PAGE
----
Dr. Drax loves talking to his patients. In fact, he thinks this is the reason for his success and why he gets so many word-of-mouth referrals. The team agrees that he is personable and charming with his patients â¦ but also that he is not too considerate of his team because they have to schedule around him. It is especially hard on Ling, the hygienist, who is stuck in the room while the dentist chats about skiing and restoring his old muscle cars. Ling is always running late as well because the doctor can’t help socializing.
ADVICE AND SOLUTION“You’re All About that Relationship!” (Sung to the tune of “I’m All About That Base!”)
By ML Wheaton, Director of Consulting, Pride Institute
I would hope here that Dr. Drax has a Vision/Philosophy Statement that Ling could utilize as a tool in addressing her boss about his behavior. A practice that “walks their talk” living and abiding by their vision can address issues with one another (even with the boss!) with the common bond being the vision. Let’s assume he does and that it states in the vision the importance of developing long-term relationships with patients and it states that the team will honor that relationship by aspiring to be on time for patients.
I would also hope that they have a Morning Huddle where they discuss the potential areas for hygiene periodic exams that best suit the doctor’s schedule. And lastly I would hope that Ling is well prepared with her report of findings to the doctor when he arrives for the exam. (Note: in observing this situation many times in practices I visit, I have found an interesting psychology emerging in which the doctor feels the need to cement the relationship with this type of lengthy conversation because they are afraid that the team member has not done so! That is the other side of this story, by the way!) With those “hopes” in mind, how could Ling approach Dr. Drax about this? Here’s an example of a possible conversation.
Ling: “Dr. Drax, can I speak with you about the periodic exams in my operatory?”
Dr. Drax: “Sure, how about I take you to lunch today and we’ll talk?” (I know, you think I’m dreaming!)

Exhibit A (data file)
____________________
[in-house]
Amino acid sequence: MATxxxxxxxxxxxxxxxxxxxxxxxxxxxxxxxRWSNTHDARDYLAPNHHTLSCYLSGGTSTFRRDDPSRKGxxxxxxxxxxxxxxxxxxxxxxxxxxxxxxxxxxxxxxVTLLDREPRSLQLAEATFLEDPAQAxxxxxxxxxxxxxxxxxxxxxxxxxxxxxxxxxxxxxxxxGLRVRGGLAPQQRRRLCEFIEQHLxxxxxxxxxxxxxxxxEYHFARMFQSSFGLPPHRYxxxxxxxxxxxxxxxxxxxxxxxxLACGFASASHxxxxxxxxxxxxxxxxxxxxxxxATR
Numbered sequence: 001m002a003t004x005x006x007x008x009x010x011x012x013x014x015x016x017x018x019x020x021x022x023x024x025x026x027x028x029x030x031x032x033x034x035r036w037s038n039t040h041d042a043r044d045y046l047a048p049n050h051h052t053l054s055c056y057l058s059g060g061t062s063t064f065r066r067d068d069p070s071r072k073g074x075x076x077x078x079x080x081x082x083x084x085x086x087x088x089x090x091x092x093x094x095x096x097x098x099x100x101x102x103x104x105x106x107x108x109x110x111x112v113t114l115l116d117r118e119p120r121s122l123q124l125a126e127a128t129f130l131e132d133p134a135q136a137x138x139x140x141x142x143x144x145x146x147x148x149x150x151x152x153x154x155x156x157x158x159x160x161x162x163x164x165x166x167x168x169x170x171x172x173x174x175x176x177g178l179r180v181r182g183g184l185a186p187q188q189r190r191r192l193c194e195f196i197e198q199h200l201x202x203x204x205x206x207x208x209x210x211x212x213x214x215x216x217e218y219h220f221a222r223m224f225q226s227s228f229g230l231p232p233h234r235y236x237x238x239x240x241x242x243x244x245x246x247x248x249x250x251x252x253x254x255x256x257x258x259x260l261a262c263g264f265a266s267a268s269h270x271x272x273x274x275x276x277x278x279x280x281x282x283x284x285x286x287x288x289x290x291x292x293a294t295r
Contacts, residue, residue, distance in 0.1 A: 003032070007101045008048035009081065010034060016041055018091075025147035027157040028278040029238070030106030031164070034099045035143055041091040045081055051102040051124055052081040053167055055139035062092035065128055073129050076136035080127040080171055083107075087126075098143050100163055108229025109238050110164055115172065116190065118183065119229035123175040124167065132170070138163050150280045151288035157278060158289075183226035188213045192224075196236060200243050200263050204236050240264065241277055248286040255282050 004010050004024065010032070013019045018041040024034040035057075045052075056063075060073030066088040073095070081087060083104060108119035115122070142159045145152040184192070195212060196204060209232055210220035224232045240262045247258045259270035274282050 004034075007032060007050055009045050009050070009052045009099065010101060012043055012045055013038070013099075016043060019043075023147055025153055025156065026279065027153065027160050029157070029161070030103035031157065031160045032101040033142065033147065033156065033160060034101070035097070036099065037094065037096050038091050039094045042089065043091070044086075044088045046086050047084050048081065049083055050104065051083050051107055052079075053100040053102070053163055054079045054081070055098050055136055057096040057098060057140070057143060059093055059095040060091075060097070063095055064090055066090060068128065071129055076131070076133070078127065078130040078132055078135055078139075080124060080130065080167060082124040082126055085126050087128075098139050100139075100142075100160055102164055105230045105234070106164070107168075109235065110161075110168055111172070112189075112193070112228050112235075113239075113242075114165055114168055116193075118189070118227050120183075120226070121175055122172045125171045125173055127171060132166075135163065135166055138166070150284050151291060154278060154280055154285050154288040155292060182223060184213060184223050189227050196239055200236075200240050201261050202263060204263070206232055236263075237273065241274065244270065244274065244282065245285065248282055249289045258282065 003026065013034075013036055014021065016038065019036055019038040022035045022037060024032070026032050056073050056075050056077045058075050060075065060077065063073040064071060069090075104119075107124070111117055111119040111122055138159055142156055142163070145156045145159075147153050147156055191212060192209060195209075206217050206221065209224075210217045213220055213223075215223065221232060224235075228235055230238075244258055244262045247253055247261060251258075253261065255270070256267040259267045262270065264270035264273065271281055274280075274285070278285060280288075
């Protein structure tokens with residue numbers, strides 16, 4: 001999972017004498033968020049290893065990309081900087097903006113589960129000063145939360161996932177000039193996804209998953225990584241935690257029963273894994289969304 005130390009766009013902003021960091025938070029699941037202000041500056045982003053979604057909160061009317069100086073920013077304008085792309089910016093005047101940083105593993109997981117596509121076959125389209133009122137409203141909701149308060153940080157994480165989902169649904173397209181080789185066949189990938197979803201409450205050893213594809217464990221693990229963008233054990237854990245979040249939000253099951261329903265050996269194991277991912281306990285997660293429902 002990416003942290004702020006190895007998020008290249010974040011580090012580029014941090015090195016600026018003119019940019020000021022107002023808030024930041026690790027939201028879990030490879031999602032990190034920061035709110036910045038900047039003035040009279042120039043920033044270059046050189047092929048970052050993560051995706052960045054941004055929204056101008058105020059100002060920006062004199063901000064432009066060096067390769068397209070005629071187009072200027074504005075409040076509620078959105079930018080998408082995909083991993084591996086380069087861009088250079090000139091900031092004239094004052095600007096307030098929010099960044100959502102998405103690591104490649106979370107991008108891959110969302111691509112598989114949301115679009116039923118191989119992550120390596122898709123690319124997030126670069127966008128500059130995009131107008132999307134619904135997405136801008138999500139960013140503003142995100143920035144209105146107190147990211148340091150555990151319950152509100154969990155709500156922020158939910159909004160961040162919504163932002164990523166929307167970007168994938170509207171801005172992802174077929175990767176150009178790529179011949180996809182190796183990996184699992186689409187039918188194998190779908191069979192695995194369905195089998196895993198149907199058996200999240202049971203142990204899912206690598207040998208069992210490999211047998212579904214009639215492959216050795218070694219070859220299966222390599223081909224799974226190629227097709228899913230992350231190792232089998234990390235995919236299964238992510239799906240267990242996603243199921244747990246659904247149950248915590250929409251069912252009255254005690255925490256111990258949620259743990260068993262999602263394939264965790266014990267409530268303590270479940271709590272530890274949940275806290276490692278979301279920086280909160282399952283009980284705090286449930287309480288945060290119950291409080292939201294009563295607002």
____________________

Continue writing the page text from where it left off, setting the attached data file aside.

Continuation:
Ling: “I know we believe in building relationships with our patients and you, in particular, are a master at it. And when you are in my operatory for the periodic exams and talking with patients, I am getting more and more anxious every day as I fear we are getting a reputation for not being on time for our patients. This extra time is causing me to run behind for the next patient and it has a cumulative effect. By the end of the session, my last patient is often angry. Can we discuss how to improve that all important time so that it is a quality event and not necessarily a quantity event?”
Dr. Drax: “Ling, thank you for bringing this to my attention and yes, I do feel the need to spend time with my patients. And I often feel I must discover a lot for myself by asking a lot of these questions and I have to pull information from you as opposed to you providing it upfront. I think this takes a lot more time.”
Ling: “I can see how you might feel that way. And yet I cannot seem to find the right time to ‘break in’ to your conversation with my report.”
Dr. Drax: “Let’s work out some verbiage and a choreographed approach to these exams where I can expect some information about the patient on a personal level and then a clinical report from you. This will be more of a team approach and should be better for the patient and for our schedule. Let’s go back to the office and role play this in your operatory.”
Ling: “Thank you! I’m excited to go back and practice and be on time for my patients!”
These two professionals want the same thing for their patients and they are brought together by their mutual vision. Make sure that you not only have a vision in your practice, but one that “sings” to you every day and can be utilized to have courageous conversations with each other when you are “off base” because “You’re All About That Base!”
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